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Synthesis of a Macromonomer Library from High-Temperature Acrylate Polymerization

Authors

  • Anna-Marie Zorn,

    1. Preparative Macromolecular Chemistry, Institut für Technische Chemie und Polymerchemie, Karlsruhe Institute of Technology (KIT), Engesserstr. 18, 76128 Karlsruhe, Germany
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  • Thomas Junkers,

    Corresponding author
    1. Preparative Macromolecular Chemistry, Institut für Technische Chemie und Polymerchemie, Karlsruhe Institute of Technology (KIT), Engesserstr. 18, 76128 Karlsruhe, Germany
    • Preparative Macromolecular Chemistry, Institut für Technische Chemie und Polymerchemie, Karlsruhe Institute of Technology (KIT), Engesserstr. 18, 76128 Karlsruhe, Germany. Fax:+49 721 608 5740
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  • Christopher Barner-Kowollik

    Corresponding author
    1. Preparative Macromolecular Chemistry, Institut für Technische Chemie und Polymerchemie, Karlsruhe Institute of Technology (KIT), Engesserstr. 18, 76128 Karlsruhe, Germany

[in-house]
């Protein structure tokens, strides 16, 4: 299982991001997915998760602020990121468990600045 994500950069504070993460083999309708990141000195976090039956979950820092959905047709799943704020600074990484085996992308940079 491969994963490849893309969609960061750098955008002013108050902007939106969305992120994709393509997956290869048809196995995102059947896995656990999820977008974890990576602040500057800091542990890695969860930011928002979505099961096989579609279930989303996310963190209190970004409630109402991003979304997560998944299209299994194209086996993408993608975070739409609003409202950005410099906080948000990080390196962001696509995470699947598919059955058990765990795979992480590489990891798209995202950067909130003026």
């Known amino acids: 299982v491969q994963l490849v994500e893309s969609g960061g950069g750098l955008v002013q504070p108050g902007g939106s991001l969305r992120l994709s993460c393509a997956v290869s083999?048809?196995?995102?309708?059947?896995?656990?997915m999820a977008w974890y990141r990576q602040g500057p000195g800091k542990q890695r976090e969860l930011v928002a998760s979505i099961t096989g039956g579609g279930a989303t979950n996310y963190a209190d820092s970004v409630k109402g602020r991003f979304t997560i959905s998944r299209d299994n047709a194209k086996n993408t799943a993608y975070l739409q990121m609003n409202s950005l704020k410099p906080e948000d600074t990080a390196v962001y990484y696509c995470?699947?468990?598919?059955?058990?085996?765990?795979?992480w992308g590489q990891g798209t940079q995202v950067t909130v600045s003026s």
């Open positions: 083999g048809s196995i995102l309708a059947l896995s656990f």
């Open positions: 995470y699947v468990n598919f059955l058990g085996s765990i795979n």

• Preparative Macromolecular Chemistry, Institut für Technische Chemie und Polymerchemie, Karlsruhe Institute of Technology (KIT), Engesserstr. 18, 76128 Karlsruhe, Germany. Fax:+49 721 608 5740
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Abstract

The auto-initiated high temperature acrylate polymerization represents a versatile route for the synthesis of macromonomer building blocks. Various macromonomers were synthesized via this route based on methyl, ethyl, n-butyl, t-butyl, 2-ethylhexyl, isobornyl and 2-[[(butylamino)carbonyl]oxy]ethyl acrylate. The synthesis requires a temperature of 140 °C and is carried out in a 5 wt.-% solution of hexyl acetate. The macromonomer library is fully characterized via electrospray ionization mass spectrometry (ESI-MS). The amount of macromonomers containing the geminal double bond lies in between 82 and 95%, depending on the monomer type. The achievable molecular weight of the macromonomers is located between 800 and 2 000 g·mol−1 with a polydispersity of close to 1.6. In addition, it is demonstrated that radical initiators are useful add-ons (to circumvent the inhibition time observed during initiator-free synthesis) without interfering in the actual polymerization as no initiator-fragment containing products are identified via high resolution mass spectrometry.

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